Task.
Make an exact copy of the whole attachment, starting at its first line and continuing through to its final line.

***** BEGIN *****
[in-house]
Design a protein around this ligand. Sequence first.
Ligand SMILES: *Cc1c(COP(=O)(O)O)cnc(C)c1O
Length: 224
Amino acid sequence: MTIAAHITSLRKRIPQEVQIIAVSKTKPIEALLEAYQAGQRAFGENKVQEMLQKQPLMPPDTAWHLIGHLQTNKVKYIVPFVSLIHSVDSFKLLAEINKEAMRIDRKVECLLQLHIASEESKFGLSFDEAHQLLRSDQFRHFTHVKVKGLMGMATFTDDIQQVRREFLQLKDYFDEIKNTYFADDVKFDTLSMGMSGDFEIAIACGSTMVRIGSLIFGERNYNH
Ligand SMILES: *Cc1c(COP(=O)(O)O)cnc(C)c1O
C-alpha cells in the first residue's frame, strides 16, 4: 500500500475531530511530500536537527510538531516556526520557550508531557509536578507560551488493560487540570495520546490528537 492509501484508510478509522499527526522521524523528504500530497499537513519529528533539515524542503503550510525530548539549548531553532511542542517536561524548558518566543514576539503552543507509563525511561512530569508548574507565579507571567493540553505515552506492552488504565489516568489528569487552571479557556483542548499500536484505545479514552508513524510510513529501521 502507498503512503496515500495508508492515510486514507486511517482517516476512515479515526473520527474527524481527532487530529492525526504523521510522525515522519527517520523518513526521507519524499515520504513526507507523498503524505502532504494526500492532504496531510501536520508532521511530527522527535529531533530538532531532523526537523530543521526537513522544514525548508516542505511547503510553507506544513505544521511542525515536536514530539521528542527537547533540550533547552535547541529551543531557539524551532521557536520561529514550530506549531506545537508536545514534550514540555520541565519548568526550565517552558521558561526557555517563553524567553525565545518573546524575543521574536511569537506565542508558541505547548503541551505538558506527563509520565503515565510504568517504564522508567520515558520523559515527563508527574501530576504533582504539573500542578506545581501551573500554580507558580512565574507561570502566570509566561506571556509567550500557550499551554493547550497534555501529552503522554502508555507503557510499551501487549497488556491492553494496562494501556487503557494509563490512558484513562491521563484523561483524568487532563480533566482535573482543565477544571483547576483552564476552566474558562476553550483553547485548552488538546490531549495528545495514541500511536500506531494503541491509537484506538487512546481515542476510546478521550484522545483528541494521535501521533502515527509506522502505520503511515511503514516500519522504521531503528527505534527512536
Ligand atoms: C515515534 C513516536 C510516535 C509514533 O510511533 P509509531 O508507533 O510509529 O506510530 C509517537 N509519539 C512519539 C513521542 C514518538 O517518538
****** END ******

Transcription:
[in-house]
Design a protein around this ligand. Sequence first.
Ligand SMILES: *Cc1c(COP(=O)(O)O)cnc(C)c1O
Length: 224
Amino acid sequence: MTIAAHITSLRKRIPQEVQIIAVSKTKPIEALLEAYQAGQRAFGENKVQEMLQKQPLMPPDTAWHLIGHLQTNKVKYIVPFVSLIHSVDSFKLLAEINKEAMRIDRKVECLLQLHIASEESKFGLSFDEAHQLLRSDQFRHFTHVKVKGLMGMATFTDDIQQVRREFLQLKDYFDEIKNTYFADDVKFDTLSMGMSGDFEIAIACGSTMVRIGSLIFGERNYNH
Ligand SMILES: *Cc1c(COP(=O)(O)O)cnc(C)c1O
C-alpha cells in the first residue's frame, strides 16, 4: 500500500475531530511530500536537527510538531516556526520557550508531557509536578507560551488493560487540570495520546490528537 492509501484508510478509522499527526522521524523528504500530497499537513519529528533539515524542503503550510525530548539549548531553532511542542517536561524548558518566543514576539503552543507509563525511561512530569508548574507565579507571567493540553505515552506492552488504565489516568489528569487552571479557556483542548499500536484505545479514552508513524510510513529501521 502507498503512503496515500495508508492515510486514507486511517482517516476512515479515526473520527474527524481527532487530529492525526504523521510522525515522519527517520523518513526521507519524499515520504513526507507523498503524505502532504494526500492532504496531510501536520508532521511530527522527535529531533530538532531532523526537523530543521526537513522544514525548508516542505511547503510553507506544513505544521511542525515536536514530539521528542527537547533540550533547552535547541529551543531557539524551532521557536520561529514550530506549531506545537508536545514534550514540555520541565519548568526550565517552558521558561526557555517563553524567553525565545518573546524575543521574536511569537506565542508558541505547548503541551505538558506527563509520565503515565510504568517504564522508567520515558520523559515527563508527574501530576504533582504539573500542578506545581501551573500554580507558580512565574507561570502566570509566561506571556509567550500557550499551554493547550497534555501529552503522554502508555507503557510499551501487549497488556491492553494496562494501556487503557494509563490512558484513562491521563484523561483524568487532563480533566482535573482543565477544571483547576483552564476552566474558562476553550483553547485548552488538546490531549495528545495514541500511536500506531494503541491509537484506538487512546481515542476510546478521550484522545483528541494521535501521533502515527509506522502505520503511515511503514516500519522504521531503528527505534527512536
Ligand atoms: C515515534 C513516536 C510516535 C509514533 O510511533 P509509531 O508507533 O510509529 O506510530 C509517537 N509519539 C512519539 C513521542 C514518538 O517518538